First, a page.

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It is accepted fact that Henry VIII had six wives and any argument to the contrary won't achieve anything productive.
Aren't forums meant to be places for discussion? Anyway, discussions about this matter are certainly more productive than discussions about the new pink dress worn by Princess X.
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  #148  
Old 02-15-2009, 02:50 PM
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Given my limted knowledge ... just a personal view on the situation...

If memory serve me right, Henri VIII married Catherine of Aragon in the Roman Catholic Church and divorced her in the newly minted Anglican Church. This fact cast a shadow over the legality of the marriage between Henri VIII and Anne Bolyen. It is worth noting that King in the question did have other qualms of a political and religious nature that were bothering him as well. From political stand point, Henri VIII had legitimate concerns about having a Heiress Presumptive because the last female ruler of England (i.e., Empress Matilda)proved inefficient. This resulted in a civil war. Henry VIII did not want yet another internal strife undermining England's not-so-strong position in the international arena, where the Vatican pulled strings. Thus, his desire to have a Heir Presumptive is understandable.
In my personal opinion, the marriage legality between Henri VIII and Anne Bolyen boils down to "Is it legally possible to marry in the church of one doctrine and divorce in the church of another doctrine?". Needless to mention, Catherine of Aragon never gave in to her husband's demands to grant a divorce or retire to a convent. Catherine of Aragon wanted her divorce case to be heard in Vatican, which made this union official and was reluctant to let Henri VIII marry a lady of his choice. The most intriguing thing for me is that Henri VIII never tried to get rid of Catherine by forcibly locking her in a convent or physically removing her from the picture (i.e., poison). He got rid of Anne Boleyn without big troubles.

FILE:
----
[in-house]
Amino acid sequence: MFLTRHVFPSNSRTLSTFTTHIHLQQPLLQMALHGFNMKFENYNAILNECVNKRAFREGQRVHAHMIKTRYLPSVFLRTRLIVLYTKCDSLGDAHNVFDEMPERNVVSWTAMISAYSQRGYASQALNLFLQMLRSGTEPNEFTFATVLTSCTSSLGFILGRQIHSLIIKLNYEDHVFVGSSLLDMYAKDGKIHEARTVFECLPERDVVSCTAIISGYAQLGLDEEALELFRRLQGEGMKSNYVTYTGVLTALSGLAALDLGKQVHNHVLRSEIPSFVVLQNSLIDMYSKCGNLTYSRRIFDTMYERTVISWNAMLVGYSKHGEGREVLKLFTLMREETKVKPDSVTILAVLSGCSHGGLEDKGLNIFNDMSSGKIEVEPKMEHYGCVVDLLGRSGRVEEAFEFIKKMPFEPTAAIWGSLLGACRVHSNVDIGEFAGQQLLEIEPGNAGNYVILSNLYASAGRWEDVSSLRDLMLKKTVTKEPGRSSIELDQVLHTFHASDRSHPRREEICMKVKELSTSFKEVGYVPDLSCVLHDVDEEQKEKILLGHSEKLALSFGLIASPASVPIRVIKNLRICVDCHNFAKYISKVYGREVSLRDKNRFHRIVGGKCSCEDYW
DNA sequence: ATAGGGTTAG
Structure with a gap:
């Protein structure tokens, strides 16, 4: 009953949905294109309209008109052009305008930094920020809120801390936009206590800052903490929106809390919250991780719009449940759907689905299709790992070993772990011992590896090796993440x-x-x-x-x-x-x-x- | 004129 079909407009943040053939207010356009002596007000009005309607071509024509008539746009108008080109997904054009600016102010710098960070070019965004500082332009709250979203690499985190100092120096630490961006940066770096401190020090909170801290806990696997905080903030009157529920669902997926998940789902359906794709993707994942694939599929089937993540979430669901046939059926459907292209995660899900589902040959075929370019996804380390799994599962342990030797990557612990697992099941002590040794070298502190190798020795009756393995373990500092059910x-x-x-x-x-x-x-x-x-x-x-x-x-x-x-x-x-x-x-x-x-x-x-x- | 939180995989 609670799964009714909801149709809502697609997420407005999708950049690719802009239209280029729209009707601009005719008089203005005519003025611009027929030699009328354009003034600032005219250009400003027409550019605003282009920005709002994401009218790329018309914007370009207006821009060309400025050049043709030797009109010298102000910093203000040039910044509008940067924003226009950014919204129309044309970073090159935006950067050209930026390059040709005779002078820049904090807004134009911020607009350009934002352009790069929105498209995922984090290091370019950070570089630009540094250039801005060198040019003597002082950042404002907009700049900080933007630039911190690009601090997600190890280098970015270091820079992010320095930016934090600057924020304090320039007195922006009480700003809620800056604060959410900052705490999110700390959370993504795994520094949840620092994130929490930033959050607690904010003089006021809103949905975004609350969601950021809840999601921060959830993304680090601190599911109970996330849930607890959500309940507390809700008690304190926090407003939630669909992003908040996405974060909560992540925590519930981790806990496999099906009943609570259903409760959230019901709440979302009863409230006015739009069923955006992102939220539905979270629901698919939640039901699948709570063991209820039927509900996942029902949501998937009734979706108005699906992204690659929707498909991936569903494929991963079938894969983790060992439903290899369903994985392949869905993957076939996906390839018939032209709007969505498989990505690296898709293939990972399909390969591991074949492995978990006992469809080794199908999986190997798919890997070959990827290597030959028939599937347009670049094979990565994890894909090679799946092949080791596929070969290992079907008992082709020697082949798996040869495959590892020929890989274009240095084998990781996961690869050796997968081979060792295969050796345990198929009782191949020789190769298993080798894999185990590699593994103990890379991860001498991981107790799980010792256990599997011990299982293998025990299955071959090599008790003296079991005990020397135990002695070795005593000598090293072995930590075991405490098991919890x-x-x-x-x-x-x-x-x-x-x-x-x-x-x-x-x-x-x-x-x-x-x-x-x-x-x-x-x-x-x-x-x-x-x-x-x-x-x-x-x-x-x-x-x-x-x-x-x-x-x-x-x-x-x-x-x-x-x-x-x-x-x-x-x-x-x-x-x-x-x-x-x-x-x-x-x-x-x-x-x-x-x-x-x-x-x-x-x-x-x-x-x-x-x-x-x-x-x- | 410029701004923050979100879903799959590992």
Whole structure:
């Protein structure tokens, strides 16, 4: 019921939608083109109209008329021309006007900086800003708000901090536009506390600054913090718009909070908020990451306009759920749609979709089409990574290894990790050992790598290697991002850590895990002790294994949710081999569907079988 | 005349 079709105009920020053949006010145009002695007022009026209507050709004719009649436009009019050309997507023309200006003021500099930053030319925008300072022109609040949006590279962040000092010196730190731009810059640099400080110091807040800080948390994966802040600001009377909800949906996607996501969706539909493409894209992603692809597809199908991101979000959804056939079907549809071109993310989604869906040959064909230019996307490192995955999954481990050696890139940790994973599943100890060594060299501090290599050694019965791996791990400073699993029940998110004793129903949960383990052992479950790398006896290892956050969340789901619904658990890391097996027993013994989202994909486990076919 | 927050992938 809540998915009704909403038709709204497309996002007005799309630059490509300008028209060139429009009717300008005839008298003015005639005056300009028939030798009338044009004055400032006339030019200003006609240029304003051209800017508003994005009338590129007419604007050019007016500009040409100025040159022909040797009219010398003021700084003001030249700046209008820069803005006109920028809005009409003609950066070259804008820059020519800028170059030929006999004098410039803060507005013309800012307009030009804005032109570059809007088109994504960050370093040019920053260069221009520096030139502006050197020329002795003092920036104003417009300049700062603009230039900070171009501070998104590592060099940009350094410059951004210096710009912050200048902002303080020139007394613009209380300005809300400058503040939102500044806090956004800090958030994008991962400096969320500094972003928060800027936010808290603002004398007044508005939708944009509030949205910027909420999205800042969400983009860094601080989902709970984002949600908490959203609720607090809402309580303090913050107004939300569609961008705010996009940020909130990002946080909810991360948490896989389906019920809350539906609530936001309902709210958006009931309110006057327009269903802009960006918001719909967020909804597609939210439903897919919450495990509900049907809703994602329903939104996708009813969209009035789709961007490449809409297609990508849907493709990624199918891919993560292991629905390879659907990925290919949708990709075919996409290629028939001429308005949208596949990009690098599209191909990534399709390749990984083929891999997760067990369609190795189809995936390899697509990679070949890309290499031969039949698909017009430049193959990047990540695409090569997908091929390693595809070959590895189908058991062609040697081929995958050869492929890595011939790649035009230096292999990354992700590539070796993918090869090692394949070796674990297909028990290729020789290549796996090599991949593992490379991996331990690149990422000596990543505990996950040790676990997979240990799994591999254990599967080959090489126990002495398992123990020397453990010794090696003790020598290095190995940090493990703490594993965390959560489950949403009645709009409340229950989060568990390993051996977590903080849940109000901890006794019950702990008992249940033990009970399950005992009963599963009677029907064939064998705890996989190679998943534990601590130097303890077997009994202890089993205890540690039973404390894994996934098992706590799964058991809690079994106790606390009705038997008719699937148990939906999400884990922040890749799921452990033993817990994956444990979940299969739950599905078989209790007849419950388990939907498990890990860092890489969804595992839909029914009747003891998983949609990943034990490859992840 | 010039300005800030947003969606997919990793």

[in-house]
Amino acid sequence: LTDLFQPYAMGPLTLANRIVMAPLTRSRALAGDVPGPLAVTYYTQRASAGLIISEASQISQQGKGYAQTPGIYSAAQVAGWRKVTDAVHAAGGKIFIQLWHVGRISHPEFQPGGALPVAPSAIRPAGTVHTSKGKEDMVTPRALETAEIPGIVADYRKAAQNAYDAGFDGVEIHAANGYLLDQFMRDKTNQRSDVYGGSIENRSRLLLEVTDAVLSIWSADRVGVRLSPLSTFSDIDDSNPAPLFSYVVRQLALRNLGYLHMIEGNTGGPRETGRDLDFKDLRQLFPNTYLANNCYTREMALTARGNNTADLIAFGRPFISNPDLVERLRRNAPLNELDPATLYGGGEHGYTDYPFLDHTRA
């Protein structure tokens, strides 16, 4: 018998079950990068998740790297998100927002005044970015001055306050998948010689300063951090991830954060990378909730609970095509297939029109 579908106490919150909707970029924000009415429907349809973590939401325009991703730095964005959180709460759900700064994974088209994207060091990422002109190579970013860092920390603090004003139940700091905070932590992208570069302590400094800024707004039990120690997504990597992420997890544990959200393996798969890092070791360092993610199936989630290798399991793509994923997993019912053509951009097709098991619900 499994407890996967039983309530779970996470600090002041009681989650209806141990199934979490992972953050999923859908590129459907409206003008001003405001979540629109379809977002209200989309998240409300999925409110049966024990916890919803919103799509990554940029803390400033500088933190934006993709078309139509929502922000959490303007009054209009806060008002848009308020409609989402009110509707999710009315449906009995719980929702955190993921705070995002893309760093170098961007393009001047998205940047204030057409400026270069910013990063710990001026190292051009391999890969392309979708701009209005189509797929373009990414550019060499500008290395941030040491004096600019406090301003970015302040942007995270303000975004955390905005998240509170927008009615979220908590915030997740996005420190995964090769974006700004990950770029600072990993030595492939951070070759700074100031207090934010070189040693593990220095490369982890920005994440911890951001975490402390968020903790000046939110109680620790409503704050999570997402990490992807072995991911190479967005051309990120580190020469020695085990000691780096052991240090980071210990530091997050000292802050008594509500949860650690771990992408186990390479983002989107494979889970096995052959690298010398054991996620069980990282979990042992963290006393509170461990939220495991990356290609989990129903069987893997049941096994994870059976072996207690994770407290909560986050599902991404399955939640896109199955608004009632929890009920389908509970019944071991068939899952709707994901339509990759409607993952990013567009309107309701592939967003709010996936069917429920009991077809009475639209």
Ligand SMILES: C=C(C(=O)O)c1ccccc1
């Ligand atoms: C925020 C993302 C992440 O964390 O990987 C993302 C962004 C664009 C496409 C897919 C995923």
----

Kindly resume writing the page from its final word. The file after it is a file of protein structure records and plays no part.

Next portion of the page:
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  #149  
Old 02-15-2009, 03:03 PM
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Henry risked enough by removing Catherine from court. She was a princess in her own right and the aunt of the Holy Roman Emperor who had vast armies at his disposal. She was also quite popular with the people. Anne's connections were not quite so grand, nor so potentially dangerous and many hated her. Thus it was much easier to be rid of her.
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  #150  
Old 02-15-2009, 03:13 PM
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Does it mean that the situation for parties involved was awkward? Catherine of Aragon never considered the divorce issued by the Church of England as legal ... as far as I understand. She wanted her case to be heard in Vatican, which represented the church that blessed and legitimatise her marriage.
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  #151  
Old 02-15-2009, 03:20 PM
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Catherine never accepted the decree by the newly minted Church of England that her marriage to Henry was declared invalid. Henry didn't divorce her, he had the marriage annulled meaning that, in the eyes of the CoE, it never existed in the first place. It was certainly awkward for all parties involved.
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  #152  
Old 02-15-2009, 03:37 PM
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That fact makes it impossible for someone to recognize both Katherine of Aragon and Anne Boleyn as Henry VIII's lawfully wedded wives. Henry VIII was aware of this situation - in which people had no idea who was their lawful queen - so he decided to make it easier for them by having Anne Boleyn executed shortly after the annulment of their marriage. Catherine of Aragon was already dead by then, so his new wife would meet no opposition whatsoever.
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  #153  
Old 02-15-2009, 03:53 PM
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You do have a point there.
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  #154  
Old 02-15-2009, 05:24 PM
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There was a historical novel by Jean Plaidy about Henry VIII and his wives that had a very apt title "Murder Most Royal".
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  #155